If the initialization of the driver is successful, then the DriverEntry() routine returns a status of STATUS-- SUCCESS; otherwise, an error is returned and the NT kernel automatically unloads the driver. The dispatch table within the driver object is initialized. Since the process restriction filter driver deals with a small subset of the IRP major functions, the routines defined by the dispatch table will point to the same function and this dispatch routine will use the major function code within the IRP to determine the type of processing to perform.
The FastIoDispatch member of the driver object will be set to a table of functions that define the fast I/O routines that are handled by the process restriction filter driver. The process restriction filter driver must support every function within the fast I/O dispatch table since a file system filter driver must support all of the fast I/O functions defined for any drivers that are layered below it. Since the process restriction filter driver may be layered above any defined file system, it is prudent to support all of the fast I/O functions.
Before returning to the kernel driver loader, the process restriction filter driver must insert itself in the I/O execution path for all devices currently holding a file system--i.e., it must attach itself to the driver that is currently at the top of the driver stack that deals with each file system. This is accomplished in the following manner:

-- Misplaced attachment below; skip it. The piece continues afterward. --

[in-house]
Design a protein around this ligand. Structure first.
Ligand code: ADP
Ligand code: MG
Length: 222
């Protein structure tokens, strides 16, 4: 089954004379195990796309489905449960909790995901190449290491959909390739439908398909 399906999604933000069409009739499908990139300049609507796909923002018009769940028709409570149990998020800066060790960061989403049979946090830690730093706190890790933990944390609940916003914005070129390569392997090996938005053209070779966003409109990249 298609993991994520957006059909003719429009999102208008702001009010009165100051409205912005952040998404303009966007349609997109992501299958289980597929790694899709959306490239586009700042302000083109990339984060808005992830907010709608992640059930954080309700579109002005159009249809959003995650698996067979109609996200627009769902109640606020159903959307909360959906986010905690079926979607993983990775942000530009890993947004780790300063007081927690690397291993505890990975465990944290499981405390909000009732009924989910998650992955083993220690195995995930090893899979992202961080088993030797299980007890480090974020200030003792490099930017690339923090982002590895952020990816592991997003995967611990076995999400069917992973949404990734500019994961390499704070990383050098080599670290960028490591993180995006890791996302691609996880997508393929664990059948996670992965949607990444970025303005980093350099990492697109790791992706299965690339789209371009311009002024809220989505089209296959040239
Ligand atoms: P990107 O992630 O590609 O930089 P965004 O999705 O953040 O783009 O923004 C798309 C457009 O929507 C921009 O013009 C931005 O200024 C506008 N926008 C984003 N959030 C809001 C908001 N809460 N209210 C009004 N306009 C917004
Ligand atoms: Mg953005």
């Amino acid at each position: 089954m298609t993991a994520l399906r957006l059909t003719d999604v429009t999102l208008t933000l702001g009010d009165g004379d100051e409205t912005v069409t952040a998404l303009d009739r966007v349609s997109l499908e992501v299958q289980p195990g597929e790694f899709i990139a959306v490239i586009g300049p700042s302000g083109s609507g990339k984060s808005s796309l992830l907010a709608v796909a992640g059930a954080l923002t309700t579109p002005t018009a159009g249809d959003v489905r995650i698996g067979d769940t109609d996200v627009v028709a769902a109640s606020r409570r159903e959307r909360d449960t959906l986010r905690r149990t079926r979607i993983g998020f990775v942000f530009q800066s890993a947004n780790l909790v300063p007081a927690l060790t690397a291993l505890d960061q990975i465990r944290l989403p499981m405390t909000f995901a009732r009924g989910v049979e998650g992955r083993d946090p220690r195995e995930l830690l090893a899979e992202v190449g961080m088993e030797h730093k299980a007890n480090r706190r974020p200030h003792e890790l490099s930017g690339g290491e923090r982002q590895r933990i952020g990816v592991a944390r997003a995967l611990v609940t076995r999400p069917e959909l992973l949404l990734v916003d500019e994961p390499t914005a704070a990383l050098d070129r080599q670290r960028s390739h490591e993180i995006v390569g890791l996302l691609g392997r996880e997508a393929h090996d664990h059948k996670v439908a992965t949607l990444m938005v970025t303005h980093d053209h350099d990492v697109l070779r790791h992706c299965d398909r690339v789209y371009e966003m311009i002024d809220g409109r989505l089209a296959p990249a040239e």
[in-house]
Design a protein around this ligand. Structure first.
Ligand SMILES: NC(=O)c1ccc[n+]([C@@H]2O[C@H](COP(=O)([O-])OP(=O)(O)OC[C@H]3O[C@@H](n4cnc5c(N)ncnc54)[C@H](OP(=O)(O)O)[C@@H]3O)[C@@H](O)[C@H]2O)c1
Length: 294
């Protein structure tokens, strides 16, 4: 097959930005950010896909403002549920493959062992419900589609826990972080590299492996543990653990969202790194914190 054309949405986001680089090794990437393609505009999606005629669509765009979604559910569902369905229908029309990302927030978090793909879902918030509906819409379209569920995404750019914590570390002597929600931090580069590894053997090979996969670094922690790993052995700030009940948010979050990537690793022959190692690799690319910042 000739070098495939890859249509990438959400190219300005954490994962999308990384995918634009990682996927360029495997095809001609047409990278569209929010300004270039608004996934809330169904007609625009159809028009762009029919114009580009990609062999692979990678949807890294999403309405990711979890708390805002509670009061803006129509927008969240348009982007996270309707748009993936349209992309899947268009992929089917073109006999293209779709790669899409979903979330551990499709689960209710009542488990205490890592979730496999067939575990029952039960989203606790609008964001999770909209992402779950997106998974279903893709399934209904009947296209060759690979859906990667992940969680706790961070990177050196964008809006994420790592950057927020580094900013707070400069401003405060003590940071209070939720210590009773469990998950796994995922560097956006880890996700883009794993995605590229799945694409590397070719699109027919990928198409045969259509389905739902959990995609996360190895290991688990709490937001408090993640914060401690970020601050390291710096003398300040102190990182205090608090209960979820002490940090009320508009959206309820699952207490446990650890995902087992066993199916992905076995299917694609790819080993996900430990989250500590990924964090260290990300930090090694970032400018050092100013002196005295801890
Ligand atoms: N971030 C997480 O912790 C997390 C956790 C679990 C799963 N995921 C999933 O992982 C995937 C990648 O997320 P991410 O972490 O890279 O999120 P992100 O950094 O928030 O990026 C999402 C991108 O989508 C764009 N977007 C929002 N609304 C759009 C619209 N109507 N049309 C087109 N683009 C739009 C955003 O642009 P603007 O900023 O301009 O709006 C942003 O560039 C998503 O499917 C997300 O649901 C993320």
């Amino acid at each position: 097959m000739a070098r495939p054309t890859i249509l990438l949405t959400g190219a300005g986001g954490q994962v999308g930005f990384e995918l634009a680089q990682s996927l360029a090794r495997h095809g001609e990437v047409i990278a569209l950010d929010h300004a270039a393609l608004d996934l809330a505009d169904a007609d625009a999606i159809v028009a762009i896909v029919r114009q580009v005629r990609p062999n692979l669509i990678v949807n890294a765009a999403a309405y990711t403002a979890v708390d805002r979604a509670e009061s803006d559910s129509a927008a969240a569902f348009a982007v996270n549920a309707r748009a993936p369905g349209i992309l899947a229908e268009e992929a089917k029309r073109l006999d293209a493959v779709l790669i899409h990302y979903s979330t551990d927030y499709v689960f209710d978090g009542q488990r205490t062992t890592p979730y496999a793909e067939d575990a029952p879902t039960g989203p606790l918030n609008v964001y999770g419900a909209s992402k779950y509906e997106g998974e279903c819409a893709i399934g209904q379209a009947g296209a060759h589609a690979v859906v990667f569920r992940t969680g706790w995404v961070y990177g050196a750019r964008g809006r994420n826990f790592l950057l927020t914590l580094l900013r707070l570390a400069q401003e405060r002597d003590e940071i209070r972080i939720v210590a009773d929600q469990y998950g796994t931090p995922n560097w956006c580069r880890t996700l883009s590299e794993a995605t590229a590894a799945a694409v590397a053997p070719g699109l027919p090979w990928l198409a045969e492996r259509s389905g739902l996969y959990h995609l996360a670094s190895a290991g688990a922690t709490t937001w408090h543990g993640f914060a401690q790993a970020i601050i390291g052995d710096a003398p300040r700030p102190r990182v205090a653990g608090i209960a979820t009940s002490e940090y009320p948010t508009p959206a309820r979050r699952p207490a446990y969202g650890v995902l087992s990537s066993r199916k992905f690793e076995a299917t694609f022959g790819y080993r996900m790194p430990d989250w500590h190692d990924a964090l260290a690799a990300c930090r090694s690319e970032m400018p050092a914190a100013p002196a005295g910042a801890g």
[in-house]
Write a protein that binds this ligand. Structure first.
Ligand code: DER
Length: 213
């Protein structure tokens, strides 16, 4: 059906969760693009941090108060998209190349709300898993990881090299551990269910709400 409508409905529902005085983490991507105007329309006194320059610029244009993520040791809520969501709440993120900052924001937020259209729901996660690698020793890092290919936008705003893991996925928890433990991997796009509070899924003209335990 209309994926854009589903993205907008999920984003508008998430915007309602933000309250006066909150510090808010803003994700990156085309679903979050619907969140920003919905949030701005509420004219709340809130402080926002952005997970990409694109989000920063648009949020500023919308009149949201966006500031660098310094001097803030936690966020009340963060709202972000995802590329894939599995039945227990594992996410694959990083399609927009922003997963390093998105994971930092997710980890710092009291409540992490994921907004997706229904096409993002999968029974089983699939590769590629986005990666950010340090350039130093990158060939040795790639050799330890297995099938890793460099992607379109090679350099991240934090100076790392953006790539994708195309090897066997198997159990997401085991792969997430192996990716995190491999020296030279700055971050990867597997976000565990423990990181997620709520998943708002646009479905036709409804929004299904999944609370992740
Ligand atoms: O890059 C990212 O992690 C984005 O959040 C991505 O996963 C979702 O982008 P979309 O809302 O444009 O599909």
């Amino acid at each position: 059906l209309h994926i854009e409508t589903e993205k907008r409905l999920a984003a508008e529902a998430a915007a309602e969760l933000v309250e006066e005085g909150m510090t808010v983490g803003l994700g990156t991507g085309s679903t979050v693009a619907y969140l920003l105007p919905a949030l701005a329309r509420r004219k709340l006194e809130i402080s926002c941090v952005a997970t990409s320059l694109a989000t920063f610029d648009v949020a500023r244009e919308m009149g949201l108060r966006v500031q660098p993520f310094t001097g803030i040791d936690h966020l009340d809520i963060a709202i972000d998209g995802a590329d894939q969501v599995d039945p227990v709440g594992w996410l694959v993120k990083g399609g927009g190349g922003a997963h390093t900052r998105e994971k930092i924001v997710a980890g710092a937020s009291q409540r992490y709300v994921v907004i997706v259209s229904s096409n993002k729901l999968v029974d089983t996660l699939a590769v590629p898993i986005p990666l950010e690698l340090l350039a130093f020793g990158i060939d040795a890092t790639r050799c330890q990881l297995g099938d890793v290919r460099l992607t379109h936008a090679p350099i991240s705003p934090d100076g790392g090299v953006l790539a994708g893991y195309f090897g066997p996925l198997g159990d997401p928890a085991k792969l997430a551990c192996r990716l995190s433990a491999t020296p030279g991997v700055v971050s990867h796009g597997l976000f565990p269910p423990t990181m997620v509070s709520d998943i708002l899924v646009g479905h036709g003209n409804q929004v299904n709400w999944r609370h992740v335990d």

1. The I/O configuration is obtained by invoking the function IoGetConfigurationInformation(). The information returned in the I/O configuration structure that it provides is the number of hard disks, floppy drives, and CD-ROM's that are configured in the system.
2. For every hard disk drive configured in the system, the following actions are taken:
1. A partition table is allocated within non-paged pool space using ExAllocatePool().
2. The partition table is read. The partition table is located at the beginning of each disk; whose name is \Device\HarddiskX\Partition(), where X is a number from zero (0) to the count of hard disks configured in the system minus one (1). The partition table is read from the disk by formulating an IRP and issuing it to the underlying file system driver. The partition table contains the number of partitions that have been created for that disk. Each partition has the potential to contain a file system. The partitions on the hard disk are named \Device\HarddiskX\PartitionY, where X represents a disk configured in the system and Partition Y represents the actual partition. As noted above, Partition() represents the entire disk. Partition1 thru PartitionN are the partitions on the hard disk that could represent file systems.